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Sellar and Parasellar Intravascular Lymphoma Mimicking Pituitary Apoplexy

Rizek, Philippe MSc, MD; Seitelbach, Maayan MD; Alturkustani, Murad MD; Leung, Andrew MD; Fraser, J. Alexander MD

Journal of Neuro-Ophthalmology: March 2012 - Volume 32 - Issue 1 - p 33–37
doi: 10.1097/WNO.0b013e31823f457e
Original Contribution

Background Intravascular lymphoma (IVL) is a rare subtype of large-cell non-Hodgkin lymphoma, characterized by proliferation of lymphoma cells within the lumina of small vessels. There are no previously reported cases of IVL involving the pituitary gland presenting with neuro-ophthalmic findings.

Methods A 68-year-old female presented with headache, right third nerve palsy, and Horner syndrome. MRI showed a 1.4-cm sellar mass consistent with a pituitary macroadenoma. Two weeks later, despite treatment with dexamethasone, the patient developed complete bilateral ophthalmoplegia and ptosis. Repeat MRI showed invasion of the clivus and cavernous sinuses, and a transsphenoidal pituitary biopsy was undertaken.

Results The preliminary histopathology was consistent with bland pituitary apoplexy, but subsequent examination of an incidentally biopsied nasal polyp revealed endovascular malignant lymphoid cells that, on further scrutiny, were also present in the pituitary tissue. The diagnosis of IVL was confirmed, and the patient had an excellent clinical and radiological response to cyclophosphamide, doxorubicin, vincristine, prednisolone, and rituximab (CHOP-R) chemotherapy.

Conclusion IVL may involve the pituitary gland, causing sellar mass effect, cavernous sinus infiltration, and pituitary ischemia, mimicking pituitary apoplexy with neuro-ophthalmic features. It can be effectively treated with CHOP-R chemotherapy.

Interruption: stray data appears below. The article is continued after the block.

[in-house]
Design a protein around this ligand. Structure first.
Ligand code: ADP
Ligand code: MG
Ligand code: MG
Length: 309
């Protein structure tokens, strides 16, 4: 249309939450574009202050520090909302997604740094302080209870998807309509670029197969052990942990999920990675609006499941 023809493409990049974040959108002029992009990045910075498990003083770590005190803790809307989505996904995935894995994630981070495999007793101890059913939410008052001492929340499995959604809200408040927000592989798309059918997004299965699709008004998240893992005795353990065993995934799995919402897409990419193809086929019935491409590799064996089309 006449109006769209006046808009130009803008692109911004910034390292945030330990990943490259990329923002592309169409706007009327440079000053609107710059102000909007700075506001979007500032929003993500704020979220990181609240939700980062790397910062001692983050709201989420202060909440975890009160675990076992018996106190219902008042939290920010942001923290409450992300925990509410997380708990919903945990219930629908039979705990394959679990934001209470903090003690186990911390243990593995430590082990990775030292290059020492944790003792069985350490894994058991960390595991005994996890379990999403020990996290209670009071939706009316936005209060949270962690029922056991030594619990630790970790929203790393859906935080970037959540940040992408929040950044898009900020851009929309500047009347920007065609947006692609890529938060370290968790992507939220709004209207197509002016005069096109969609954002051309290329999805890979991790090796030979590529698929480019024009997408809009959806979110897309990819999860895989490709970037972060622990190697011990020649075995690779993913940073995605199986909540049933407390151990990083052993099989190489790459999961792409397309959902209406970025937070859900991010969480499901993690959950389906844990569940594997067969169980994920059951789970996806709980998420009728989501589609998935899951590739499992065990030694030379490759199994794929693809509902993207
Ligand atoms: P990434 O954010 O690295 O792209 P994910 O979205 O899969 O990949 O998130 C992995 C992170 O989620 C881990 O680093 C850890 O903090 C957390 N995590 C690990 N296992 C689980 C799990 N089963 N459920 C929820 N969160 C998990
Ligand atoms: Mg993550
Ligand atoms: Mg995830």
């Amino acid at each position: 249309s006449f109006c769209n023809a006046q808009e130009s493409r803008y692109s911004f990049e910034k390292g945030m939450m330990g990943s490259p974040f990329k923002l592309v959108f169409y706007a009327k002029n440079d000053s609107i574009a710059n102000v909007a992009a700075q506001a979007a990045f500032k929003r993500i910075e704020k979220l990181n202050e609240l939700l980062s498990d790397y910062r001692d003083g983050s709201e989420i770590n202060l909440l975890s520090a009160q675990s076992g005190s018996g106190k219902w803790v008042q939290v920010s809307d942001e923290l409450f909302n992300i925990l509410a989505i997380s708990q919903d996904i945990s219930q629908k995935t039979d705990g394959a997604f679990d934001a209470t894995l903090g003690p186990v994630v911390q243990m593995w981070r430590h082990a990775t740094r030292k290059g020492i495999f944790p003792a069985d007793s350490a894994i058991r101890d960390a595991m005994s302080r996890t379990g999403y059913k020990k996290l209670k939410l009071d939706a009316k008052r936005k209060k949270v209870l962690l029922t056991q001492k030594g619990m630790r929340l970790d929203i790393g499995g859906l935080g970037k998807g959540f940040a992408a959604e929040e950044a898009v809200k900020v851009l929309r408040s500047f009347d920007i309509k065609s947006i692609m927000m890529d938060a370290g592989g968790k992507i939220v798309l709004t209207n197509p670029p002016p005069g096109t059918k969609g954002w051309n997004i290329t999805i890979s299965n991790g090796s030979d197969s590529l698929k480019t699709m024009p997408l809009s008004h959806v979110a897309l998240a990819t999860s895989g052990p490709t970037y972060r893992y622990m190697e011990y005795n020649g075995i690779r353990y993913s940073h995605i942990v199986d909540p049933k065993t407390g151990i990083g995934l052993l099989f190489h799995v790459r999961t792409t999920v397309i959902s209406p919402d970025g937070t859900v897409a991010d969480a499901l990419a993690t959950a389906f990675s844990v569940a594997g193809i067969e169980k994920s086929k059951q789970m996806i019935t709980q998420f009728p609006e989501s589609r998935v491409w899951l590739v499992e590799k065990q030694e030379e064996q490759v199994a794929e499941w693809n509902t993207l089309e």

Departments of Clinical Neurological Sciences (PR, JAF), Medicine (MS), Pathology (MA), Radiology (AL), and Ophthalmology (JAF), Schulich School of Medicine and Dentistry, University of Western Ontario, London, Ontario, Canada.

Address correspondence to J. Alexander Fraser, MD, Department of Clinical Neurological Sciences, Schulich School of Medicine and Dentistry, University of Western Ontario, Room B7 104, 339 Windermere Road, London, Ontario, Canada N6A 5A5; E-mail:

The authors report no conflicts of interest.

Intravascular lymphoma (IVL) is a rare subtype of large-cell non-Hodgkin lymphoma, characterized by proliferation of lymphoma cells within the lumina of small vessels. The true incidence is unknown. There is no gender predominance, and the median age of patients diagnosed with IVL is 70 years (range, 34–90 years) (1–3). Immunophenotypes of reported cases are 91% B cell and 9% T cell. Only 2 cases of natural killer cell type IVL have been described (4,5).

IVL is more common in Asian populations and has been termed the “Asian variant” (6). In the Asian variant, central nervous system (CNS) and cutaneous involvement are less common than in Western countries (7), and patients frequently present with involvement of the bone marrow (75%), spleen (67%), and liver (55%) (2,8,9). By contrast, the “Western variant” presents most commonly with CNS (39%) and skin involvement (39%), although other organ systems may be affected as well (10). Fever, skin rash, and rapidly progressive neurological signs (e.g., dementia, stroke, peripheral neuropathy) may occur (1,11). Due to this heterogeneous presentation, IVL is underrecognized and often only diagnosed postmortem.

Systemic IVL can spread to the pituitary vasculature without mass formation and cause pituitary dysfunction (12–14). We present a rare case of IVL within the pituitary gland, with mass effect, cavernous sinus infiltration, and associated neuro-ophthalmic findings. The clinical course simulated pituitary apoplexy.

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A 68-year-old left-handed female was admitted to the hospital from the emergency room with right ptosis and diplopia. Over the previous month, she developed left cheek pain and severe frontal and retro-orbital headaches. Diagnosed with a sinus infection, the patient failed to improve with decongestants and antibiotics. One week prior to admission, she developed horizontal binocular diplopia associated with nausea and presyncope. The onset of complete right ptosis prompted her visit to the emergency room.

Medical history was significant for type 2 diabetes mellitus, hypercholesterolemia, and a hysterectomy for endometrial carcinoma 20 years ago. She was an ex-smoker and rarely used alcohol.